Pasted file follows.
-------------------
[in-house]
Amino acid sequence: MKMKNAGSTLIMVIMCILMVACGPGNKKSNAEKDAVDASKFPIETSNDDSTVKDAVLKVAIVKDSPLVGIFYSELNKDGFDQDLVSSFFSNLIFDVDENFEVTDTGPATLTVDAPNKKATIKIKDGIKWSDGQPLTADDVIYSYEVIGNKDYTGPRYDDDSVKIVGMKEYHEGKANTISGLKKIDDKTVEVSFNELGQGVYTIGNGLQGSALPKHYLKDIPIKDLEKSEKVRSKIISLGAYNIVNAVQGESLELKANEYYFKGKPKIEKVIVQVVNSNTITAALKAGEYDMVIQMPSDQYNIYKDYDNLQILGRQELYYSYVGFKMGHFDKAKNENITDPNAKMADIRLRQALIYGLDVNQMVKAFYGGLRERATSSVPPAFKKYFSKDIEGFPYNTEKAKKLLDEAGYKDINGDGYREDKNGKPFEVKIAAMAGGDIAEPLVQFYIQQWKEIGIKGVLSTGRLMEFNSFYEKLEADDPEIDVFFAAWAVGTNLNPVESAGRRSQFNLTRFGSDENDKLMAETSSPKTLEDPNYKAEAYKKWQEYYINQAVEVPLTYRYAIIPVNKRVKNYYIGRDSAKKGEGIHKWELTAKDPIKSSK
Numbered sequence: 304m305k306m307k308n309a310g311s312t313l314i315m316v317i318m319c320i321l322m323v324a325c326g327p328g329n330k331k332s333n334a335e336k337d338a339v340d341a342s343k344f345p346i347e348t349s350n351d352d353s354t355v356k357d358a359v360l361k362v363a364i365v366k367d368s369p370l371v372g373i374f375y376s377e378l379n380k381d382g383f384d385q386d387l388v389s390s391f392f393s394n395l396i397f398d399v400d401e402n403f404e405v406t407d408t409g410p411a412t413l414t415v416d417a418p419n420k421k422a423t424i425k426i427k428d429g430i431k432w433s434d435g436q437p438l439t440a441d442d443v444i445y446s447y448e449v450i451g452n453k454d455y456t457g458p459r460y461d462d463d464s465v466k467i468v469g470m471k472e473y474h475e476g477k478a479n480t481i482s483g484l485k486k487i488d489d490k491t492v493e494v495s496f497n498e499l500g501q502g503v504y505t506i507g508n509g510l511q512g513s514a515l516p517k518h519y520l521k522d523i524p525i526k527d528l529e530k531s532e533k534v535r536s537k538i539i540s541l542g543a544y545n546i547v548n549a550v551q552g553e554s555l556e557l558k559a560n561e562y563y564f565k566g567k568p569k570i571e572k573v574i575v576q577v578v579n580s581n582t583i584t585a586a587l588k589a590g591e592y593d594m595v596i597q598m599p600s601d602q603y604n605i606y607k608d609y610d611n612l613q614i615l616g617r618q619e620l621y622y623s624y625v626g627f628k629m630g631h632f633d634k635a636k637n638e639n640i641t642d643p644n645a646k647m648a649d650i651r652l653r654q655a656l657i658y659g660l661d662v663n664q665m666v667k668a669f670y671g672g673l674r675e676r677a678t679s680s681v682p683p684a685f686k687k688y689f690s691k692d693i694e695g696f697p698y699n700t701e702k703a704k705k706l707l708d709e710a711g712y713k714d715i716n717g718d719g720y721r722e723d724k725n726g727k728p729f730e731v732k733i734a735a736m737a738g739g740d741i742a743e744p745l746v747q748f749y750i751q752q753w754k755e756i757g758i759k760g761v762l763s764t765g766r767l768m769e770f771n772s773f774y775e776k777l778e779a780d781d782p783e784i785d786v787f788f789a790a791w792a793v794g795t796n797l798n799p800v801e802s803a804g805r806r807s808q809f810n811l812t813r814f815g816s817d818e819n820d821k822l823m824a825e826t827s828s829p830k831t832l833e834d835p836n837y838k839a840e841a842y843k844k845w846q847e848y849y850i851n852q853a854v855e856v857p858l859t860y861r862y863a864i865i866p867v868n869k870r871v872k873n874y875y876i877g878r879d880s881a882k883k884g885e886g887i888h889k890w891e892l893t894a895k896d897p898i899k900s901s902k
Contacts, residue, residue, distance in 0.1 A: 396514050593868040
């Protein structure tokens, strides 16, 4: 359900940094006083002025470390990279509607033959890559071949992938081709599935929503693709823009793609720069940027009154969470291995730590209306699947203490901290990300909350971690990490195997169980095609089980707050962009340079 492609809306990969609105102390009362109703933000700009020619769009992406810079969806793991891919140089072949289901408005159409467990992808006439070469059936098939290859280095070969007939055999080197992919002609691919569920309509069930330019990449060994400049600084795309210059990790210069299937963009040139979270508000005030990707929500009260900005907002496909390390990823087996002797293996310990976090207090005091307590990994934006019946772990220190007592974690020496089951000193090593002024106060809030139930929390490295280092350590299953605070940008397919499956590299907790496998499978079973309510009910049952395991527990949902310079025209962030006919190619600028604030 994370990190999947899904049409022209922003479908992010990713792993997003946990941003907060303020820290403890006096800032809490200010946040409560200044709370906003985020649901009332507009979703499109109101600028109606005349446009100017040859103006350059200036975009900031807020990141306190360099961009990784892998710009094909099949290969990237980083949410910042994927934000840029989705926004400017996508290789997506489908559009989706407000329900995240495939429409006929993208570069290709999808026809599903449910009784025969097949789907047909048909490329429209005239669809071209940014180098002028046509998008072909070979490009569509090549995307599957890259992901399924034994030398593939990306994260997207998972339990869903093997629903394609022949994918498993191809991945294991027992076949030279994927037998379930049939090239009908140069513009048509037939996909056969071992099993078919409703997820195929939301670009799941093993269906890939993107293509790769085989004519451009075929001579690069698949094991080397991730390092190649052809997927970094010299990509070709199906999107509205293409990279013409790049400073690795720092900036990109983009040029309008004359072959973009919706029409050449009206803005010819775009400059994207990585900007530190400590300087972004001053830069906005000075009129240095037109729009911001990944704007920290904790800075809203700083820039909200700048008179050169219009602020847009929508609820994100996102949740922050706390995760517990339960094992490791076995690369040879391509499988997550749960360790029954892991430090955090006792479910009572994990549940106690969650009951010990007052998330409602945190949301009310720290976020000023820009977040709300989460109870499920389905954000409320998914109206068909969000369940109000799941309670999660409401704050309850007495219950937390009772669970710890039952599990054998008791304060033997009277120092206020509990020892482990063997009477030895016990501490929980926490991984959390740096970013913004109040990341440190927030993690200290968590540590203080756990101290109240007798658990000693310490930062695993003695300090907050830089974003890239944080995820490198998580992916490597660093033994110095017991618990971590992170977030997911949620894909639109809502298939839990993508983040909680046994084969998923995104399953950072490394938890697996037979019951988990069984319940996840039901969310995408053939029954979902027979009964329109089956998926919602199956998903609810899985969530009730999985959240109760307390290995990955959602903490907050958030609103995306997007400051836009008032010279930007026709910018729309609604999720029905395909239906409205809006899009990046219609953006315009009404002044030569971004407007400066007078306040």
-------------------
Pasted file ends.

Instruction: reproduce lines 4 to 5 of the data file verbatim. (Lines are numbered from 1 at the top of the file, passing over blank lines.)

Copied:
Contacts, residue, residue, distance in 0.1 A: 396514050593868040
């Protein structure tokens, strides 16, 4: 359900940094006083002025470390990279509607033959890559071949992938081709599935929503693709823009793609720069940027009154969470291995730590209306699947203490901290990300909350971690990490195997169980095609089980707050962009340079 492609809306990969609105102390009362109703933000700009020619769009992406810079969806793991891919140089072949289901408005159409467990992808006439070469059936098939290859280095070969007939055999080197992919002609691919569920309509069930330019990449060994400049600084795309210059990790210069299937963009040139979270508000005030990707929500009260900005907002496909390390990823087996002797293996310990976090207090005091307590990994934006019946772990220190007592974690020496089951000193090593002024106060809030139930929390490295280092350590299953605070940008397919499956590299907790496998499978079973309510009910049952395991527990949902310079025209962030006919190619600028604030 994370990190999947899904049409022209922003479908992010990713792993997003946990941003907060303020820290403890006096800032809490200010946040409560200044709370906003985020649901009332507009979703499109109101600028109606005349446009100017040859103006350059200036975009900031807020990141306190360099961009990784892998710009094909099949290969990237980083949410910042994927934000840029989705926004400017996508290789997506489908559009989706407000329900995240495939429409006929993208570069290709999808026809599903449910009784025969097949789907047909048909490329429209005239669809071209940014180098002028046509998008072909070979490009569509090549995307599957890259992901399924034994030398593939990306994260997207998972339990869903093997629903394609022949994918498993191809991945294991027992076949030279994927037998379930049939090239009908140069513009048509037939996909056969071992099993078919409703997820195929939301670009799941093993269906890939993107293509790769085989004519451009075929001579690069698949094991080397991730390092190649052809997927970094010299990509070709199906999107509205293409990279013409790049400073690795720092900036990109983009040029309008004359072959973009919706029409050449009206803005010819775009400059994207990585900007530190400590300087972004001053830069906005000075009129240095037109729009911001990944704007920290904790800075809203700083820039909200700048008179050169219009602020847009929508609820994100996102949740922050706390995760517990339960094992490791076995690369040879391509499988997550749960360790029954892991430090955090006792479910009572994990549940106690969650009951010990007052998330409602945190949301009310720290976020000023820009977040709300989460109870499920389905954000409320998914109206068909969000369940109000799941309670999660409401704050309850007495219950937390009772669970710890039952599990054998008791304060033997009277120092206020509990020892482990063997009477030895016990501490929980926490991984959390740096970013913004109040990341440190927030993690200290968590540590203080756990101290109240007798658990000693310490930062695993003695300090907050830089974003890239944080995820490198998580992916490597660093033994110095017991618990971590992170977030997911949620894909639109809502298939839990993508983040909680046994084969998923995104399953950072490394938890697996037979019951988990069984319940996840039901969310995408053939029954979902027979009964329109089956998926919602199956998903609810899985969530009730999985959240109760307390290995990955959602903490907050958030609103995306997007400051836009008032010279930007026709910018729309609604999720029905395909239906409205809006899009990046219609953006315009009404002044030569971004407007400066007078306040």